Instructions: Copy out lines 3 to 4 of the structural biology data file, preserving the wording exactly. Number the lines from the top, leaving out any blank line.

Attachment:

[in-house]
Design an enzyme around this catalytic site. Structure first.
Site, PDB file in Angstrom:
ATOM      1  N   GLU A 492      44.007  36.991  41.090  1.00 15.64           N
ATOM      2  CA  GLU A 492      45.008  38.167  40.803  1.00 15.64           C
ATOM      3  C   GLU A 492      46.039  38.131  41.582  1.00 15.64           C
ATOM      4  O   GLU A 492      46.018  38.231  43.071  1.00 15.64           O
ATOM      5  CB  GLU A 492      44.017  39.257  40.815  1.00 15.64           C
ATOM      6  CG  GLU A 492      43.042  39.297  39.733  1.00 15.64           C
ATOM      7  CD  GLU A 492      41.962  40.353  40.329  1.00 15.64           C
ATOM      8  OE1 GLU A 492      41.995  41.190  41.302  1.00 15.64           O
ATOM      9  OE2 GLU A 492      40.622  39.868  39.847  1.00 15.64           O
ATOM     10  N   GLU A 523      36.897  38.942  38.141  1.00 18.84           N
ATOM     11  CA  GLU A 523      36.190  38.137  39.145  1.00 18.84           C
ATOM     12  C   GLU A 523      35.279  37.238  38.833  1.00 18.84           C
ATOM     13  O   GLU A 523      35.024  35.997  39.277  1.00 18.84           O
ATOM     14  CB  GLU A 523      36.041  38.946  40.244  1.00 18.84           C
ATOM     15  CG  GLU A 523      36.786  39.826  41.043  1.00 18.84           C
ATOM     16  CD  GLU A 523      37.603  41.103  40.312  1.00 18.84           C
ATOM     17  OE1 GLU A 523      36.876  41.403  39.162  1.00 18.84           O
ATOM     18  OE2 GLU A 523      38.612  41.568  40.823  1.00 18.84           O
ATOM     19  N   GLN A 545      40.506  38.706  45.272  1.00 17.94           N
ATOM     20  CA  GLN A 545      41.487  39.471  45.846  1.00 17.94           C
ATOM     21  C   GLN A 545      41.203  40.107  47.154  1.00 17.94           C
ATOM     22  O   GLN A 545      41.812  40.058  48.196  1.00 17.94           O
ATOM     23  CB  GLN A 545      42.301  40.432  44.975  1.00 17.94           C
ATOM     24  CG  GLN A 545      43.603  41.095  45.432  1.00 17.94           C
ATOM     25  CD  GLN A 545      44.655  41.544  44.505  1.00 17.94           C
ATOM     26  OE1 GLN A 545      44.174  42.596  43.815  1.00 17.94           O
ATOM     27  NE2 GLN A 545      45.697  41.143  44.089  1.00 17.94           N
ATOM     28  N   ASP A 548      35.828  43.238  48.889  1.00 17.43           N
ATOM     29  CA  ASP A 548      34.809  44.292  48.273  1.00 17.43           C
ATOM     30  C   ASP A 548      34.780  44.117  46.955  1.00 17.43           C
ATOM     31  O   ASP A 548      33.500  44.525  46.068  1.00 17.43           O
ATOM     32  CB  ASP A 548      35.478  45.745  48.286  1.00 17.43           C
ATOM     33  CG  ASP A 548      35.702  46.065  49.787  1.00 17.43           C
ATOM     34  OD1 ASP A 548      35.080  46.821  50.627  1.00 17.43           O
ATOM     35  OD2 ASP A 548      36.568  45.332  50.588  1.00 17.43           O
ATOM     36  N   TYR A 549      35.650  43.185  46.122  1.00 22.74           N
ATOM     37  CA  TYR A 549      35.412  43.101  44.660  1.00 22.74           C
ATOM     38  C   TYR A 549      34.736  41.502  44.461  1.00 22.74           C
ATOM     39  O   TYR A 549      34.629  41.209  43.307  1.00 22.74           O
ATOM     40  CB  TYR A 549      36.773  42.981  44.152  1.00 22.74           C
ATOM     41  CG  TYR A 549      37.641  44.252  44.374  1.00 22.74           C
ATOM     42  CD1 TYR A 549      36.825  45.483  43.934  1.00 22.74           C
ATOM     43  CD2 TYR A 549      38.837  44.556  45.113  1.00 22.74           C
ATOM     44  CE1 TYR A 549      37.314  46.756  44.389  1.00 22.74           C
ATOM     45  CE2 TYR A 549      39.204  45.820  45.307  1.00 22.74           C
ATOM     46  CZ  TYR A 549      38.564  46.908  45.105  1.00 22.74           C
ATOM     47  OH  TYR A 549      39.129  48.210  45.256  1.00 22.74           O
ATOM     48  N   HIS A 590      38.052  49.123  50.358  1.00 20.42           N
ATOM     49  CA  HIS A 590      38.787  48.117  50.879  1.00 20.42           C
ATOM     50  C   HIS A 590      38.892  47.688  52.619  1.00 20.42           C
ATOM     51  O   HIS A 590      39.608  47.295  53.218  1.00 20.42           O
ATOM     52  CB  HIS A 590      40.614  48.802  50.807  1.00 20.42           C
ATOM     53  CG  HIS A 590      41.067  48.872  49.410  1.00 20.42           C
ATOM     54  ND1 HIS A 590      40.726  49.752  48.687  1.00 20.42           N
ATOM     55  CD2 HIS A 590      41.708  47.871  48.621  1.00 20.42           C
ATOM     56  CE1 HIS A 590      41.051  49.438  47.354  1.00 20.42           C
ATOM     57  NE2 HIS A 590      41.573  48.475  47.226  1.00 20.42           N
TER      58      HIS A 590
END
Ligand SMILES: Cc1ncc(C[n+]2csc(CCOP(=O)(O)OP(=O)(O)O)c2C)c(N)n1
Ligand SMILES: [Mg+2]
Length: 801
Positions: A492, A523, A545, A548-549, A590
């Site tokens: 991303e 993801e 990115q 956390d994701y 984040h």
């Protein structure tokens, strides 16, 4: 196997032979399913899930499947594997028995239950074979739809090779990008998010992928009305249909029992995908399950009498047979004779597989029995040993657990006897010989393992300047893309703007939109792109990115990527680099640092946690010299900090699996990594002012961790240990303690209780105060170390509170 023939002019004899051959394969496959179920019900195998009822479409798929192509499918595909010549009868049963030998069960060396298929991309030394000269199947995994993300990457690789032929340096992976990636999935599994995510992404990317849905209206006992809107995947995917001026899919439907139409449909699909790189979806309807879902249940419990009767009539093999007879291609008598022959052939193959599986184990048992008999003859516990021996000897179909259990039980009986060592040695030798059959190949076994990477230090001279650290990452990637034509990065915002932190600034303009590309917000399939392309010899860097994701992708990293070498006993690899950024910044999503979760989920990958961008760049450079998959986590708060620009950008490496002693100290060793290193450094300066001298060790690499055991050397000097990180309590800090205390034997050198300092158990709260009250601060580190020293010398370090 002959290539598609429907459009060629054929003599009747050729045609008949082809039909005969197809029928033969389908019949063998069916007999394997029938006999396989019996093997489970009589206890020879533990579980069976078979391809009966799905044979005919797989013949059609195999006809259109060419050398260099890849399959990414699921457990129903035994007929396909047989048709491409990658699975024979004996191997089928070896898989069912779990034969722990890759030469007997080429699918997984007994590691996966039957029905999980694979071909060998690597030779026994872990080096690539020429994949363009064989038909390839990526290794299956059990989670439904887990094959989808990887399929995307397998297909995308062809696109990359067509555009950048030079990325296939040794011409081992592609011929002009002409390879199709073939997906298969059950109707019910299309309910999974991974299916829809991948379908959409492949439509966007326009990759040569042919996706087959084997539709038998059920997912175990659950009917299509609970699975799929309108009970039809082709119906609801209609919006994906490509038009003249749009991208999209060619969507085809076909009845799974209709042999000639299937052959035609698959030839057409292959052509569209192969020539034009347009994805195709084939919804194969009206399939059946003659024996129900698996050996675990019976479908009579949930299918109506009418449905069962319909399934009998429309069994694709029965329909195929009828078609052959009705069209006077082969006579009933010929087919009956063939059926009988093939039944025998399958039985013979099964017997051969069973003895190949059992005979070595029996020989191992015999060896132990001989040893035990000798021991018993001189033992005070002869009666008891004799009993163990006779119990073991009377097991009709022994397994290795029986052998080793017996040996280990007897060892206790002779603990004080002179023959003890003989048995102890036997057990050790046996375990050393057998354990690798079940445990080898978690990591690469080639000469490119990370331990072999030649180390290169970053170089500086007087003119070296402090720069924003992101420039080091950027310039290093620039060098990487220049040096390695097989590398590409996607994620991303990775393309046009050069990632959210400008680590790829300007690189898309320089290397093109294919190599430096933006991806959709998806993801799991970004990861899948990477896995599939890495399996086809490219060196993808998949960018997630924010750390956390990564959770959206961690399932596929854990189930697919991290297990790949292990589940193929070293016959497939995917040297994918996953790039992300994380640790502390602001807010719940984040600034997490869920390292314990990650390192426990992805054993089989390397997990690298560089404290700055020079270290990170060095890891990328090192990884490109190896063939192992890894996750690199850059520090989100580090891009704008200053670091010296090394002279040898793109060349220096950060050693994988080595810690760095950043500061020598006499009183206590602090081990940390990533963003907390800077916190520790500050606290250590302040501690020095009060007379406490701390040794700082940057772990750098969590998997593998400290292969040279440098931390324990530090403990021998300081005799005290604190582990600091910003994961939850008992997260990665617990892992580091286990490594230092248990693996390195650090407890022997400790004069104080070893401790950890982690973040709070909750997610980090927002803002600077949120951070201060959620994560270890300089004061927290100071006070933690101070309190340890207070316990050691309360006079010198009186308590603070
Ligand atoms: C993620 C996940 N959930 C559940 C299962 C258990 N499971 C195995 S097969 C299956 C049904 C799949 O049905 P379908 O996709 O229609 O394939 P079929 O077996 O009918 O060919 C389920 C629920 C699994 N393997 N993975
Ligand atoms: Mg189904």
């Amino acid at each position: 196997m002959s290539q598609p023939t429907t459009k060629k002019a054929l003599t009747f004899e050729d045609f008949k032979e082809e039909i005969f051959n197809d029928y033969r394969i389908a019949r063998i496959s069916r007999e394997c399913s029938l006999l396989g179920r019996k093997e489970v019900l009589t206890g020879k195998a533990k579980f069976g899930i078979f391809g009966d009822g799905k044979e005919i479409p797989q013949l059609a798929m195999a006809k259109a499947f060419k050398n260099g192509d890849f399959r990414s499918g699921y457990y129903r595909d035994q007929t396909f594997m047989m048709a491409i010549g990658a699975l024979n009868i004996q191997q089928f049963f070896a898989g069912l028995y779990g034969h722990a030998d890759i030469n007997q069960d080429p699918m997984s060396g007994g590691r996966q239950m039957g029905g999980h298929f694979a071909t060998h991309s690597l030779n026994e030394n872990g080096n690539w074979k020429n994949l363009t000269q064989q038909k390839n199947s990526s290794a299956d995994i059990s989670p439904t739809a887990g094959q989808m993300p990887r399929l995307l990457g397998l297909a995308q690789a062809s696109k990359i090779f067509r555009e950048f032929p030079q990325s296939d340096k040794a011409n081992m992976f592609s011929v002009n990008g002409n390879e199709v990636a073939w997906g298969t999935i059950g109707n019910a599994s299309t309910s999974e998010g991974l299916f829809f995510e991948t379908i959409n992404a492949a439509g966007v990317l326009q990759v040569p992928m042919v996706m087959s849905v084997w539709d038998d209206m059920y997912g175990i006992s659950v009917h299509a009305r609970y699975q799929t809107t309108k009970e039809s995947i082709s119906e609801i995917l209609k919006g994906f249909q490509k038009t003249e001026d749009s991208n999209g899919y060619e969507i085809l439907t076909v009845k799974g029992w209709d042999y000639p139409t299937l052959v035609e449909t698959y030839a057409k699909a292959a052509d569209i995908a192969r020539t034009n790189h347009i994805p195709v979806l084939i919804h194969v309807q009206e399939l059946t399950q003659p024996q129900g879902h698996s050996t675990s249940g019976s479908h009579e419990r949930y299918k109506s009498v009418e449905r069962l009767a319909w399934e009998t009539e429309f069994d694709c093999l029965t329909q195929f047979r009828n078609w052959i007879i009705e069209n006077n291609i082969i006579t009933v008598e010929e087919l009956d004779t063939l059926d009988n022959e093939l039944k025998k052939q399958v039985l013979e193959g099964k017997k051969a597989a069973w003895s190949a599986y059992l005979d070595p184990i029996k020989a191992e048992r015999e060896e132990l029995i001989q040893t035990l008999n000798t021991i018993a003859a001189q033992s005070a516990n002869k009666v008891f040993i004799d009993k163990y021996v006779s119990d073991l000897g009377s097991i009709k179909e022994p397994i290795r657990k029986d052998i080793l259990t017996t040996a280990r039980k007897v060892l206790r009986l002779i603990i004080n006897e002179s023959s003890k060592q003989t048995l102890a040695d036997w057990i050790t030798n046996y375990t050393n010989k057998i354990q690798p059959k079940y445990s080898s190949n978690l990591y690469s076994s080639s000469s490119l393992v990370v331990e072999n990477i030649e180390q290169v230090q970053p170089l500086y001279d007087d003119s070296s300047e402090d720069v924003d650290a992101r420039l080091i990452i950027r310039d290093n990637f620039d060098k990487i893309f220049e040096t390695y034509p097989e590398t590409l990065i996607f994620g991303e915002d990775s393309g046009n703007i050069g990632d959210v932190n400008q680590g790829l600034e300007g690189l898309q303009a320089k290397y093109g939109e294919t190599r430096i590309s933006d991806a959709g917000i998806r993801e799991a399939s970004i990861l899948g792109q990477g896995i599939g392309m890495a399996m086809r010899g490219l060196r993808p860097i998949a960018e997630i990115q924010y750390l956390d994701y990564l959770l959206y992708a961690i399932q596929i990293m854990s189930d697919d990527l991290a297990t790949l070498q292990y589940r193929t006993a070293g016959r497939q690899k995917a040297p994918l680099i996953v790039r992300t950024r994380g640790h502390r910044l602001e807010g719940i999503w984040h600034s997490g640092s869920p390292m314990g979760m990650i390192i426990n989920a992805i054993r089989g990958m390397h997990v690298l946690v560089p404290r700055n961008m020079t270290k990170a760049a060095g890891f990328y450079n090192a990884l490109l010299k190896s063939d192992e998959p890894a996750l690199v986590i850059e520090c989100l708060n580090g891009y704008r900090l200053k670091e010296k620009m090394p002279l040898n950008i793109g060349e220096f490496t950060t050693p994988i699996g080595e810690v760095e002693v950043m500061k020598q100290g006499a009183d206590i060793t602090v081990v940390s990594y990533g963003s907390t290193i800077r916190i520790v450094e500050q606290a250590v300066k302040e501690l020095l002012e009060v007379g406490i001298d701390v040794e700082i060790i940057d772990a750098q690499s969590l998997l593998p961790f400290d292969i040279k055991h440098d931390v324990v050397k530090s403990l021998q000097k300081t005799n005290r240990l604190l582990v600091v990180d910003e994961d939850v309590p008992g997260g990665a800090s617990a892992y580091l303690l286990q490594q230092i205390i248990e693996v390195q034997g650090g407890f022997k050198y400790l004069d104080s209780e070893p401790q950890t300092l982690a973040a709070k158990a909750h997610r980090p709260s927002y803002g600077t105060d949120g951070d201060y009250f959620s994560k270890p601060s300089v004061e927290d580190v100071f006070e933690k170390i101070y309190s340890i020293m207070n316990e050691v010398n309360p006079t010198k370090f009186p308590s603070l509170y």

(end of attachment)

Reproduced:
Site, PDB file in Angstrom:
ATOM      1  N   GLU A 492      44.007  36.991  41.090  1.00 15.64           N